NPR News

The Salt
3:40 am
Sun August 31, 2014

The Salmon Cannon: Easier Than Shooting Fish Out Of A Barrel

Across Washington State, hydroelectric dams are blocking salmon as they migrate to their spawning grounds. Enter the salmon cannon.
Ingrid Taylar Flickr

Originally published on

Ever since rivers have been dammed, destroying the migration routes of salmon, humans have worked to create ways to help the fish return to their spawning grounds. We've built ladders and elevators; we've carried them by hand and transported them in trucks. Even helicopters have been used to fly fish upstream.

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Author Interviews
3:20 am
Sun August 31, 2014

'Why Not?' David Mitchell On Mixing Fantasy And Reality In 'Bone Clocks'

David Mitchell's previous books include The Thousand Autumns of Jacob de Zoet and Cloud Atlas.
Paul Stuart

The Bone Clocks is David Mitchell's newest book — he's best known for 2004's Cloud Atlas, which was made into a movie with Tom Hanks and Halle Berry. Mitchell's many fans have been eagerly waiting for this new one, hoping it would present the same kind of fascinating puzzles as Cloud Atlas, which featured a very complicated set of nesting plots.

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The Two-Way
9:43 pm
Sat August 30, 2014

U.S. Conducts Airstrikes Near Besieged Iraqi Town

Originally published on Sat August 30, 2014 9:44 pm

American forces have carried out airstrikes near the Iraqi town of Amerli, which has been under siege by Islamic militants for more than two months, multiple news outlets are reporting.

U.S., British, French and Australian aircraft also made aid drops to the area, where residents have been desperately short on food and without clean water for weeks.

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Goats and Soda
5:01 pm
Sat August 30, 2014

Liberia's Ebola Routine: Wear Your Temperature On Your Lapel

Body collectors come to the home of four children in Monrovia who lost both parents to Ebola.
Tommy Trenchard for NPR

After 10 days in Liberia, NPR producer Nicole Beemsterboer has just landed in London. "You don't realize how much has been hanging over your head until you're out," she says.

She's talking about Ebola, the virus raging in Liberia as well as Sierra Leone and Guinea. "It was silent and invisible," she says. "So you're always on edge, always careful."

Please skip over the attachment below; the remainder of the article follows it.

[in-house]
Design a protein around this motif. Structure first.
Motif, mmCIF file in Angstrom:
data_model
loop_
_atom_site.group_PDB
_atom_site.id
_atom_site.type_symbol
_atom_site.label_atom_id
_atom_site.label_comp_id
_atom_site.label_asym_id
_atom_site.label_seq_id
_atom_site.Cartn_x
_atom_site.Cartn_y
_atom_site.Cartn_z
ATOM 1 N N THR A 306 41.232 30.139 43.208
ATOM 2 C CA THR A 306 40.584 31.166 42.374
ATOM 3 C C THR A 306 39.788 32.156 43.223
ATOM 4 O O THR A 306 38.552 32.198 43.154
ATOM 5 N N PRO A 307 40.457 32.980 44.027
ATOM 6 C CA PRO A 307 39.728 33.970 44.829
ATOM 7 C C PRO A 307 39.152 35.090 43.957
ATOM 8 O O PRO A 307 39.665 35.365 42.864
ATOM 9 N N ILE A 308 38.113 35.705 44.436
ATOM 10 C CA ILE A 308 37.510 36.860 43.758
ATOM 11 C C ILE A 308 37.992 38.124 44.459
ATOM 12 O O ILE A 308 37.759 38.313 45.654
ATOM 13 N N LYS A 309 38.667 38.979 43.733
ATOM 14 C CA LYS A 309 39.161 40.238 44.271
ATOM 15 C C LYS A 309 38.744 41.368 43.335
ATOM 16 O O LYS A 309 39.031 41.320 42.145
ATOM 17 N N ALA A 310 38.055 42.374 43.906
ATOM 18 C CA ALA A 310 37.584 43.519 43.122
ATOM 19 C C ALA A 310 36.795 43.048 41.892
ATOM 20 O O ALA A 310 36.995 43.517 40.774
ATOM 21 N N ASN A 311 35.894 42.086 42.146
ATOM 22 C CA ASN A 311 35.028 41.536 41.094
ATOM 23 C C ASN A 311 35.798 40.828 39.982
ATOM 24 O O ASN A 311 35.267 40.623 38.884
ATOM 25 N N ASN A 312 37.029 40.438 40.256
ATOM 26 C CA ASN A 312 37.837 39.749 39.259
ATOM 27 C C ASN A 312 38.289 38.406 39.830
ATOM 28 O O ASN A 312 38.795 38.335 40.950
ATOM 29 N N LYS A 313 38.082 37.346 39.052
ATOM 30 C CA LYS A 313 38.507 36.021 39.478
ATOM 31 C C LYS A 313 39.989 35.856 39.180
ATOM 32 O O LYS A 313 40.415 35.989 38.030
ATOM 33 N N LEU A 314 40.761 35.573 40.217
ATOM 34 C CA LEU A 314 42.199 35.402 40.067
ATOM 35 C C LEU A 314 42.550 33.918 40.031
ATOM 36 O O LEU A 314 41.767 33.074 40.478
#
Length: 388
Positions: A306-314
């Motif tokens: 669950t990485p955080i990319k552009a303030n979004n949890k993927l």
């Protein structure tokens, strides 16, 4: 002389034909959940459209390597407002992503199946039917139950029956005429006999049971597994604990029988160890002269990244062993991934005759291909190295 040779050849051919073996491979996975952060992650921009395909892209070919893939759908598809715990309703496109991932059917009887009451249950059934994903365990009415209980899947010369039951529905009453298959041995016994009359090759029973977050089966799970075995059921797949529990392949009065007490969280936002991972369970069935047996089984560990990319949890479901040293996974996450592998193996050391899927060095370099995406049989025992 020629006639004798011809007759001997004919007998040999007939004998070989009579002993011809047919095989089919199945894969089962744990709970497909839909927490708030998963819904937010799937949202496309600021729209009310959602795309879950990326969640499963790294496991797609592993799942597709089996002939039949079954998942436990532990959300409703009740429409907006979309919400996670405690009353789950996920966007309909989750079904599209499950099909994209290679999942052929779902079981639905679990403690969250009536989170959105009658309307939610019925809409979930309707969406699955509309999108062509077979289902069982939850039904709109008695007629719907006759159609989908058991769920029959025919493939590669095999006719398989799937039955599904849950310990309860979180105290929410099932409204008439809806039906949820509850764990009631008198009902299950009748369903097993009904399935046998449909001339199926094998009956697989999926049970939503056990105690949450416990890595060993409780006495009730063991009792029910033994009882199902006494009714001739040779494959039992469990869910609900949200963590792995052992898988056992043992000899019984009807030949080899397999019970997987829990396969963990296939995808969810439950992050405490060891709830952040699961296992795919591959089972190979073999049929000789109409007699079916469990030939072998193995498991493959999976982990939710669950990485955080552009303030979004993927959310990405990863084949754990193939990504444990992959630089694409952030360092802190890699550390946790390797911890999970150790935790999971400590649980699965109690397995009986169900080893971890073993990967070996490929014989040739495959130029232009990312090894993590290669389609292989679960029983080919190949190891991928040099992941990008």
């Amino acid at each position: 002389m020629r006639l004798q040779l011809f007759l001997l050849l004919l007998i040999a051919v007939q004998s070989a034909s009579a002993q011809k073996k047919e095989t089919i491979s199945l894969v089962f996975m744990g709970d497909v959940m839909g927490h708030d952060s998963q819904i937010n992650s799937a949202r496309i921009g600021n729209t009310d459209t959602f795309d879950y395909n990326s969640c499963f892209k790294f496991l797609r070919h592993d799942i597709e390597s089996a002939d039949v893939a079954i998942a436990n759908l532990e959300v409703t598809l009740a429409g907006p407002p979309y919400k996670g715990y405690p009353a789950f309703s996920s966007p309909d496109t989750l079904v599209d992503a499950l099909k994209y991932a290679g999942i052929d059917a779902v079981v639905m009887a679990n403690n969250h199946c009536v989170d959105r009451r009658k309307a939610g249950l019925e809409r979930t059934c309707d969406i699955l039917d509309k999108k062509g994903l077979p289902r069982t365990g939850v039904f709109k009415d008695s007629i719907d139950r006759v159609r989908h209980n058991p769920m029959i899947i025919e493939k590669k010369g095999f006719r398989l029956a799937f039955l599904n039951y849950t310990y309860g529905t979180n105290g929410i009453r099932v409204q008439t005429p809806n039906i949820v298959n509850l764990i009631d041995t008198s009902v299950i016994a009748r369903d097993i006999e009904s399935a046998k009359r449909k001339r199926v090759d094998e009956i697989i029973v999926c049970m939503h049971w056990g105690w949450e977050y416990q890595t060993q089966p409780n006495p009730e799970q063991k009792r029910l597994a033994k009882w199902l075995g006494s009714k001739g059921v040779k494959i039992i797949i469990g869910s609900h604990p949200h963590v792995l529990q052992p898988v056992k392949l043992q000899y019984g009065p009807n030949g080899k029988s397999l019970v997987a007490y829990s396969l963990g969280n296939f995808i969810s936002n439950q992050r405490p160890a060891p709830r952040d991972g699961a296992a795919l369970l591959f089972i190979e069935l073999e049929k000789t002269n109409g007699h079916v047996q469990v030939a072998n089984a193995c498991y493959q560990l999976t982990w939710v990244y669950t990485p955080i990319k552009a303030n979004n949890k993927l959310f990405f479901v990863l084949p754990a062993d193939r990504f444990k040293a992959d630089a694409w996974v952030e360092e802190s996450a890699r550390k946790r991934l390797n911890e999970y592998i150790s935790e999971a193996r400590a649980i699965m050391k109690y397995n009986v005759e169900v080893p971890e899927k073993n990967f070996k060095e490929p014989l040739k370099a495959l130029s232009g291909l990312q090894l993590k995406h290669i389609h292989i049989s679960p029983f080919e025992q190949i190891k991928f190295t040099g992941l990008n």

How did you protect yourself?

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Animals
4:37 pm
Sat August 30, 2014

When Wildlife Documentaries Jump The Shark

Discovery Channel identifies the shark in this promotional image as the "Shark of Darkness." And in the "documentary" by that name, supposed scientists describe how this monster "submarine" shark is over 30 feet long. But submarine sharks aren't real, and the documentary is fake — an important fact critics say is easy to miss.
Chris Fallows Discovery Channel

Originally published on Sat August 30, 2014 6:22 pm

This summer's Shark Week on the Discovery Channel was the highest-rated in the special's 27-year history. But that success has also brought complaints.

The network has been criticized for pushing entertainment at the cost of science, with "documentaries" that advance dubious theories — or are entirely fake. Discovery Channel has aired specials about everything from mythical monster sharks in Louisiana's rivers to long-extinct Megalodons supposedly still swimming the seas.

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U.S.
3:29 pm
Sat August 30, 2014

One Woman's Lessons From Living On The Street

Susan sits on a park bench in Washington, D.C. She has struggled with homelessness for nearly two decades.
Gabrielle Emanuel NPR

Originally published on Sat August 30, 2014 4:37 pm

The grass is fraying around the edges in Washington, D.C.'s Franklin Square Park, but the trees are more important. They offer much-appreciated shade to the homeless people who sit below.

Many of the park benches are occupied by homeless men — but there are a few women too. Susan, sitting amid her bags in the park's northwest corner, is one of them. She's been on and off the streets of Washington since 1995 and asked that her last name not be used because she was in an abusive relationship and doesn't want her whereabouts known.

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The Two-Way
2:59 pm
Sat August 30, 2014

Michael Sam, First Openly Gay NFL Draft, Is Dropped By Rams

St. Louis Rams draft pick Michael Sam watches pregame festivities before the start of the South Dakota State-Missouri NCAA college football game on Saturday, in Columbia, Mo. Sam, the first openly gay player drafted by an NFL team, was released by the St. Louis Rams Saturday.
L.G. Patterson AP

Originally published on Sat August 30, 2014 4:07 pm

Update at 6 p.m. ET

Michael Sam, the first openly gay player drafted to an NFL team, has been released by the St. Louis Rams, the team has announced.

ESPN.com writes:

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The Two-Way
1:53 pm
Sat August 30, 2014

South Africa Condemns Apparent Coup In Lesotho

A member of the Lesotho military looks on as he stands guard in front of an armed personnel carrier at the entrance of the army barracks in the capital Maseru on Saturday. Lesotho's Prime Minister Thomas Thabane has accused the army of staging a coup.
Siphiwe Sibeko Reuters/Landov

Originally published on Sat August 30, 2014 2:26 pm

South Africa has condemned an apparent coup in Lesotho, an independent kingdom within its borders where the army appears to have seized power, driving out the prime minister. Lesotho's defense forces, however, have denied a takeover.

Lesotho's military seized two police stations Saturday as gunfire rang out in the capital of the mountainous kingdom. The military justified the move by saying that police planned to arm factions at an upcoming demonstration in the capital, Maseru. An army spokesman denied a coup and said the army had returned to the barracks.